20. University Example • CS departments course structure Any directed cycles? 104 180 151 171 221 342 252 201 211 251 271 M111 M132 231 272 361 381 303 343 341 327 334 336 362 332 How many indeg(171)? How many outdeg(171)?

  21. 3 6 8 0 7 2 9 1 5 4 Topological Sort • Topological sort is an algorithm for a directed acyclic graph • It can be thought of as a way to linearly order the vertices so that the linear order respects the ordering relations implied by the arcs For example: 0, 1, 2, 5, 9 0, 4, 5, 9 0, 6, 3, 7 ?

  22. Topological Sort • Idea: • Starting point must have zero indegree! • If it doesn’t exist, the graph would not be acyclic • A vertex with zero indegree is a task that can start right away. So we can output it first in the linear order • If a vertex i is output, then its outgoing arcs (i, j) are no longer useful, since tasks j does not need to wait for i anymore- so remove all i’s outgoing arcs • With vertex i removed, the new graph is still a directed acyclic graph. So, repeat step 1-2 until no vertex is left.

  23. Topological Sort Find all starting points Reduce indegree(w) Place new startvertices on the Q

  24. Example Indegree start 3 6 8 0 7 2 9 1 5 4 Q = { 0 } OUTPUT: 0

  25. Example Indegree -1 3 6 8 -1 0 7 2 9 1 -1 5 4 Dequeue 0 Q = { } -> remove 0’s arcs – adjust indegrees of neighbors Decrement 0’sneighbors OUTPUT:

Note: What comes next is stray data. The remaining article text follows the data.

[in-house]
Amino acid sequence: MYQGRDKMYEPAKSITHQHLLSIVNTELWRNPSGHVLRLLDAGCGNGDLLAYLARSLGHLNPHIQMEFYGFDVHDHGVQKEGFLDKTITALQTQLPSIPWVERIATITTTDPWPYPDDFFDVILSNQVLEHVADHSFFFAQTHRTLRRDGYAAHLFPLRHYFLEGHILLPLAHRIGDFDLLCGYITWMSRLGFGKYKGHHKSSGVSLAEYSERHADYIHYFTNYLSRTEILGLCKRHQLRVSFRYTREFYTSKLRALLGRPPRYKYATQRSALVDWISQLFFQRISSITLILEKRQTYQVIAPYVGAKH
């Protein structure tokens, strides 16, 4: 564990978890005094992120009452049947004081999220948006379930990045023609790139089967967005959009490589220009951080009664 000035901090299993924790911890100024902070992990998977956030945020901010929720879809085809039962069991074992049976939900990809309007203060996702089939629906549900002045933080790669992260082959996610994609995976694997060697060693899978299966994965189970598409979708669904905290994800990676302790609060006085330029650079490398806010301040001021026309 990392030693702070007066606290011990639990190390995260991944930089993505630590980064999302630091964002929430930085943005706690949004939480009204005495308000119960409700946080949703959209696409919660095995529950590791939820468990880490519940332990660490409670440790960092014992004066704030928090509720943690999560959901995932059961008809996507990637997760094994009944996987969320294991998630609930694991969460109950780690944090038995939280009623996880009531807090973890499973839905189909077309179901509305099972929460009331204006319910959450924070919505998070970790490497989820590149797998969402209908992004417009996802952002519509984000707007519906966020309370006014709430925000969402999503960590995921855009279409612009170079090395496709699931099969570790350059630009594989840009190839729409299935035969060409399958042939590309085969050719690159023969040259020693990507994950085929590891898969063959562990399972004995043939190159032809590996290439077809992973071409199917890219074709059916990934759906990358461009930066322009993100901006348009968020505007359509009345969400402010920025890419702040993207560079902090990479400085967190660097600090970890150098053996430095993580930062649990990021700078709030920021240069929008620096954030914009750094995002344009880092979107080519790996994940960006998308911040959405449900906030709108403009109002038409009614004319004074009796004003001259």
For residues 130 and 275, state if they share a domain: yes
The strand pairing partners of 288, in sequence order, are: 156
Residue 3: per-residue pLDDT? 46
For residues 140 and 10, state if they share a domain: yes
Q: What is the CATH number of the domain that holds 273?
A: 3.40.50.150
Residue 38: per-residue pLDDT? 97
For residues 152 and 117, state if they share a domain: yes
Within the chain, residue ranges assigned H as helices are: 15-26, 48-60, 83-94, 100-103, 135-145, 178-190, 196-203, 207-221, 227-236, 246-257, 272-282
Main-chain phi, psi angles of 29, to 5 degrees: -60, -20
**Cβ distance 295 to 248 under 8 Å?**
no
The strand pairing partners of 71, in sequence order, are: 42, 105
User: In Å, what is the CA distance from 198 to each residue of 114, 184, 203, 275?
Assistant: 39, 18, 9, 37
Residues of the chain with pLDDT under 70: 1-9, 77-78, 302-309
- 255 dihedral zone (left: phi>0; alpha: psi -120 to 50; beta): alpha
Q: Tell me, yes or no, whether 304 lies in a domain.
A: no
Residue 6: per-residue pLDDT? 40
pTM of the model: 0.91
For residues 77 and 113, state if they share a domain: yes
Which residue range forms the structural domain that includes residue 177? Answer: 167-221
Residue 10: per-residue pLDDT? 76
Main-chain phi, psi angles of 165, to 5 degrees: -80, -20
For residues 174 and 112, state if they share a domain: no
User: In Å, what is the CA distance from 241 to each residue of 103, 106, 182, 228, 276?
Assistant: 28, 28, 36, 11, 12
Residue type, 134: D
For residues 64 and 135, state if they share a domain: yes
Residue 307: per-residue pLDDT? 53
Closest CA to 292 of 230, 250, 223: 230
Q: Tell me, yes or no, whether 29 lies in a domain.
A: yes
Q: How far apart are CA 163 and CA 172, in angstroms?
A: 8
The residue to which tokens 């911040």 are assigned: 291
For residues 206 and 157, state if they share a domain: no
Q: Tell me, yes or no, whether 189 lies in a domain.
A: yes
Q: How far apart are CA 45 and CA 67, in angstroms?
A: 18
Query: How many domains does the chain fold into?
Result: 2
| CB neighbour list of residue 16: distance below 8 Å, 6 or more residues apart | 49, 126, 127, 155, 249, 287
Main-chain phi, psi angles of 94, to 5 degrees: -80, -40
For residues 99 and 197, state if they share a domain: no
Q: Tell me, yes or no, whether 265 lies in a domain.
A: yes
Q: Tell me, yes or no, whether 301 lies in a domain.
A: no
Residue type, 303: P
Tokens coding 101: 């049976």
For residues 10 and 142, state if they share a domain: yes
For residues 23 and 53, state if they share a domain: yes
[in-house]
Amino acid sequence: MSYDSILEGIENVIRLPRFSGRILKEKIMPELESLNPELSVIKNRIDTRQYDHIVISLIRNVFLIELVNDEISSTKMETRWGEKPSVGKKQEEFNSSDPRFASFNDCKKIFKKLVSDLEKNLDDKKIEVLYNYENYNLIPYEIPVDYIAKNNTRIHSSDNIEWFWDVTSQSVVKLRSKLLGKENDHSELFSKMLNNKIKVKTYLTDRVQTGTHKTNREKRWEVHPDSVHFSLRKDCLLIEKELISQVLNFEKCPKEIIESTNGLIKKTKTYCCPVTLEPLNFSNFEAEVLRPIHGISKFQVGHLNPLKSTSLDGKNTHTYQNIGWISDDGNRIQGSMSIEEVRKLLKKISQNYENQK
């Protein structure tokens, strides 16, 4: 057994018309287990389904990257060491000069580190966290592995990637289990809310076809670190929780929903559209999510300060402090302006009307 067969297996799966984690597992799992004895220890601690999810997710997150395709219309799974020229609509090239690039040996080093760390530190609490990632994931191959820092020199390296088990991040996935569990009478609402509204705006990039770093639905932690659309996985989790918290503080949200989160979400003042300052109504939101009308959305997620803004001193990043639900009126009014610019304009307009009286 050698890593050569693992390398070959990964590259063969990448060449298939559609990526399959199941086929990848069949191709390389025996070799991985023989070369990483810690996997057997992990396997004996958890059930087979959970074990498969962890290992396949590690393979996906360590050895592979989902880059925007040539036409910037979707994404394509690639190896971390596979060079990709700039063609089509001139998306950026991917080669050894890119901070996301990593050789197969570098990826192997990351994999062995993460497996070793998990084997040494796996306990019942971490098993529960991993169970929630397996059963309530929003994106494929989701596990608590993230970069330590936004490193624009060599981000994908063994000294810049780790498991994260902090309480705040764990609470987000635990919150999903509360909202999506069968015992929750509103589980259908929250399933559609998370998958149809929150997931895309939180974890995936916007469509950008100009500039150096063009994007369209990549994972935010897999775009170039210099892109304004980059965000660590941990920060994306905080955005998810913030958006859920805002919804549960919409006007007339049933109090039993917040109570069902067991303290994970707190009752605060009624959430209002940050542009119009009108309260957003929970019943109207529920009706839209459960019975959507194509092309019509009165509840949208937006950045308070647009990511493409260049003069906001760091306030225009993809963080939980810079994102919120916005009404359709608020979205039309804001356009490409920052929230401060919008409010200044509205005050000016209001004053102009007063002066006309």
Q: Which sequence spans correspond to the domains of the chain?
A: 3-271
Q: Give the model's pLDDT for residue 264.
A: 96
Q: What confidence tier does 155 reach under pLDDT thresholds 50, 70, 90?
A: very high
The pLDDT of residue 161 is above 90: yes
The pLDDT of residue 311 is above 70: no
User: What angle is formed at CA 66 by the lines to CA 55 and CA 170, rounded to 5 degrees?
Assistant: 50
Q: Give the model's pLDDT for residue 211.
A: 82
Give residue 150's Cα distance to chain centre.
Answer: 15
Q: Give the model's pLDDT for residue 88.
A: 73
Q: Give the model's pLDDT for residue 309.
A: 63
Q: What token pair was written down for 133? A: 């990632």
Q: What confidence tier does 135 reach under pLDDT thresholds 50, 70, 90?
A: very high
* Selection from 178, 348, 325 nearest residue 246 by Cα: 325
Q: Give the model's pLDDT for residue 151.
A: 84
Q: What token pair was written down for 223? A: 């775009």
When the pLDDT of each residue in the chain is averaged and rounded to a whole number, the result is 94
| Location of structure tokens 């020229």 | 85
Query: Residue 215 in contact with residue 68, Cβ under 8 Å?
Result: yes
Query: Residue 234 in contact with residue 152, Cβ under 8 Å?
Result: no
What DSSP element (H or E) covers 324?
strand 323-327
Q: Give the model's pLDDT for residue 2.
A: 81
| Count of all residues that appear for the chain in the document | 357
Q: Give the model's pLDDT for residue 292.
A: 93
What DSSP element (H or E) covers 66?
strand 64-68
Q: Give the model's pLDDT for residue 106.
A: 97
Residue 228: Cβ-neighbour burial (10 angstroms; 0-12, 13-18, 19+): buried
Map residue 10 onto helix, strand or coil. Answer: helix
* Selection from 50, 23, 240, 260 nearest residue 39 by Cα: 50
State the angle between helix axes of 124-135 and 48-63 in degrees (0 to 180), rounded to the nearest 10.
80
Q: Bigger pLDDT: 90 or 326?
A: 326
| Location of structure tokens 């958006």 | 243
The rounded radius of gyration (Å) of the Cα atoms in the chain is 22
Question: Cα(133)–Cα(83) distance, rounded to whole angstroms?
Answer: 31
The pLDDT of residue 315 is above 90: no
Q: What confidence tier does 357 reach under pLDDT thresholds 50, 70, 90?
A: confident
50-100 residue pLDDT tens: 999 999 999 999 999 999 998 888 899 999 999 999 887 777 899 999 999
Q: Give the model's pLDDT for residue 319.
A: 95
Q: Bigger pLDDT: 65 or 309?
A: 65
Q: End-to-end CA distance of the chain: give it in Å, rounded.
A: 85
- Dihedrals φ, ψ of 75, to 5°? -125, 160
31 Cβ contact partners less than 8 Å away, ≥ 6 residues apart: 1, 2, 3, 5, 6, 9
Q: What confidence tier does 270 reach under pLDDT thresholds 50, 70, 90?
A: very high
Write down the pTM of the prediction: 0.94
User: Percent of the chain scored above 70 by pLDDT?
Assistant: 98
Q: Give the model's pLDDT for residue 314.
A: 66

26. Example Indegree 3 6 8 0 7 2 9 1 5 4 Dequeue 0 Q = { 6, 1, 4 } Enqueue all starting points Enqueue all new start points OUTPUT: 0

  27. Example Indegree 3 -1 6 8 -1 7 2 9 1 5 4 Dequeue 6 Q = { 1, 4 } Remove arcs .. Adjust indegrees of neighbors Adjust neighborsindegree OUTPUT: 0 6

  28. Example Indegree 3 8 7 2 9 1 5 4 Dequeue 6 Q = { 1, 4, 3 } Enqueue 3 Enqueue newstart OUTPUT: 0 6

  29. Example Indegree -1 3 8 7 2 9 1 5 4 Dequeue 1 Q = { 4, 3 } Adjust indegrees of neighbors Adjust neighborsof 1 OUTPUT: 0 6 1

  30. Example Indegree 3 8 7 2 9 5 4 Dequeue 1 Q = { 4, 3, 2 } Enqueue 2 Enqueue new starting points OUTPUT: 0 6 1

  31. Example Indegree 3 8 7 2 9 -1 5 4 Dequeue 4 Q = { 3, 2 } Adjust indegrees of neighbors Adjust 4’s neighbors OUTPUT: 0 6 1 4

  32. Example Indegree 3 8 7 2 9 5 Dequeue 4 Q = { 3, 2 } No new start points found NO new start points OUTPUT: 0 6 1 4

  33. Example Indegree 3 8 7 2 9 5 -1 Dequeue 3 Q = { 2 } Adjust 3’s neighbors OUTPUT: 0 6 1 4 3

  34. Example Indegree 8 7 2 9 5 Dequeue 3 Q = { 2 } No new start points found OUTPUT: 0 6 1 4 3

  35. Example Indegree 8 7 2 9 -1 -1 5 Dequeue 2 Q = { } Adjust 2’s neighbors OUTPUT: 0 6 1 4 3 2

  36. Example Indegree 8 7 9 5 Dequeue 2 Q = { 5, 7 } Enqueue 5, 7 OUTPUT: 0 6 1 4 3 2

  37. Example Indegree 8 7 9 5 -1 Dequeue 5 Q = { 7 } Adjust neighbors OUTPUT: 0 6 1 4 3 2 5

  38. Example Indegree 8 7 9 Dequeue 5 Q = { 7 } No new starts OUTPUT: 0 6 1 4 3 2 5

  39. Example Indegree 8 7 9 -1 Dequeue 7 Q = { } Adjust neighbors OUTPUT: 0 6 1 4 3 2 5 7

  40. Example Indegree 8 9 Dequeue 7 Q = { 8 } Enqueue 8 OUTPUT: 0 6 1 4 3 2 5 7

  41. Example Indegree 8 9 -1 Dequeue 8 Q = { } Adjust indegrees of neighbors OUTPUT: 0 6 1 4 3 2 5 7 8

  42. Example Indegree 9 Dequeue 8 Q = { 9 } Enqueue 9 Dequeue 9 Q = { } STOP – no neighbors OUTPUT: 0 6 1 4 3 2 5 7 8 9

  43. 3 6 8 0 7 2 9 1 5 4 Example OUTPUT: 0 6 1 4 3 2 5 7 8 9 Is output topologically correct?

  44. Topological Sort: Complexity • We never visited a vertex more than one time • For each vertex, we had to examine all outgoing edges • Σ outdegree(v) = m • This is summed over all vertices, not per vertex • So, our running time is exactly • O(n + m)